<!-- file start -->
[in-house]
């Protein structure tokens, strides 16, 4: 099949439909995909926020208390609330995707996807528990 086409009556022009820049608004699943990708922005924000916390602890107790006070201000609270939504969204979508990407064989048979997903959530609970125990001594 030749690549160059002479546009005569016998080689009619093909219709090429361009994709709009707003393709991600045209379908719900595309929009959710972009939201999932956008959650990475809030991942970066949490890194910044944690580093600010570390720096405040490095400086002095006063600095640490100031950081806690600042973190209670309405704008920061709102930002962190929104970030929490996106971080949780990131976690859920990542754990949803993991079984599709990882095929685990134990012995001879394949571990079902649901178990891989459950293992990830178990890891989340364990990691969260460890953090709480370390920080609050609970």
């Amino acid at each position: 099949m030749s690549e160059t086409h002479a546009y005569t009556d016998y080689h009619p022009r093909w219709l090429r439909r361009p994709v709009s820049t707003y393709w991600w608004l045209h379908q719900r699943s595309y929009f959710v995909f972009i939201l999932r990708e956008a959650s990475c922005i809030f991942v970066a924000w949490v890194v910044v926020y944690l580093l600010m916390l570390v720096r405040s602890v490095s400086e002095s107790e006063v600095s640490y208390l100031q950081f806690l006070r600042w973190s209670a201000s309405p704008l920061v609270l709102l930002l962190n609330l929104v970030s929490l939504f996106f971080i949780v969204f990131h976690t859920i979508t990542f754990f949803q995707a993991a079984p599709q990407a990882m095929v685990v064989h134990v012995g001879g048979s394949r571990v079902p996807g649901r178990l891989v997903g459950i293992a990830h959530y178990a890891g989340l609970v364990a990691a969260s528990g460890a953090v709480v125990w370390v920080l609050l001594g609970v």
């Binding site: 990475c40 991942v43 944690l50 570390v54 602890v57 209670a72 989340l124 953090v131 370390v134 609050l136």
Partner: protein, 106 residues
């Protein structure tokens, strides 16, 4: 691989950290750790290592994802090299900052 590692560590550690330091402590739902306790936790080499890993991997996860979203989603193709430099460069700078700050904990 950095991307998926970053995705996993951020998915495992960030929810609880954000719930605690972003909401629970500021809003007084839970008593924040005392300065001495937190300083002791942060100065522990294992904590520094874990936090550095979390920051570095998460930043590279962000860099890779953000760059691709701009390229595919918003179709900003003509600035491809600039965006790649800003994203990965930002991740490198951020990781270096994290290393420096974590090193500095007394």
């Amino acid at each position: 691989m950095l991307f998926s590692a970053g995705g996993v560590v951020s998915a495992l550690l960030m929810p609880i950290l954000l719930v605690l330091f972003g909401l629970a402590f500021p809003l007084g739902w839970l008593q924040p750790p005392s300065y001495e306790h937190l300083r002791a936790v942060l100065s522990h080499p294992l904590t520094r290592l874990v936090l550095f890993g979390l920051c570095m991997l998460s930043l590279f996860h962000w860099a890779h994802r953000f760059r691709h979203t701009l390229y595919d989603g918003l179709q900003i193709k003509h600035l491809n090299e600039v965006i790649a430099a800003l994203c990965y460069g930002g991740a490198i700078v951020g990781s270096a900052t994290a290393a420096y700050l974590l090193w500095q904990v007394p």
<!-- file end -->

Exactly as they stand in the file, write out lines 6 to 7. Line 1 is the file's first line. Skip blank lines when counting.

């Protein structure tokens, strides 16, 4: 691989950290750790290592994802090299900052 590692560590550690330091402590739902306790936790080499890993991997996860979203989603193709430099460069700078700050904990 950095991307998926970053995705996993951020998915495992960030929810609880954000719930605690972003909401629970500021809003007084839970008593924040005392300065001495937190300083002791942060100065522990294992904590520094874990936090550095979390920051570095998460930043590279962000860099890779953000760059691709701009390229595919918003179709900003003509600035491809600039965006790649800003994203990965930002991740490198951020990781270096994290290393420096974590090193500095007394």
């Amino acid at each position: 691989m950095l991307f998926s590692a970053g995705g996993v560590v951020s998915a495992l550690l960030m929810p609880i950290l954000l719930v605690l330091f972003g909401l629970a402590f500021p809003l007084g739902w839970l008593q924040p750790p005392s300065y001495e306790h937190l300083r002791a936790v942060l100065s522990h080499p294992l904590t520094r290592l874990v936090l550095f890993g979390l920051c570095m991997l998460s930043l590279f996860h962000w860099a890779h994802r953000f760059r691709h979203t701009l390229y595919d989603g918003l179709q900003i193709k003509h600035l491809n090299e600039v965006i790649a430099a800003l994203c990965y460069g930002g991740a490198i700078v951020g990781s270096a900052t994290a290393a420096y700050l974590l090193w500095q904990v007394p």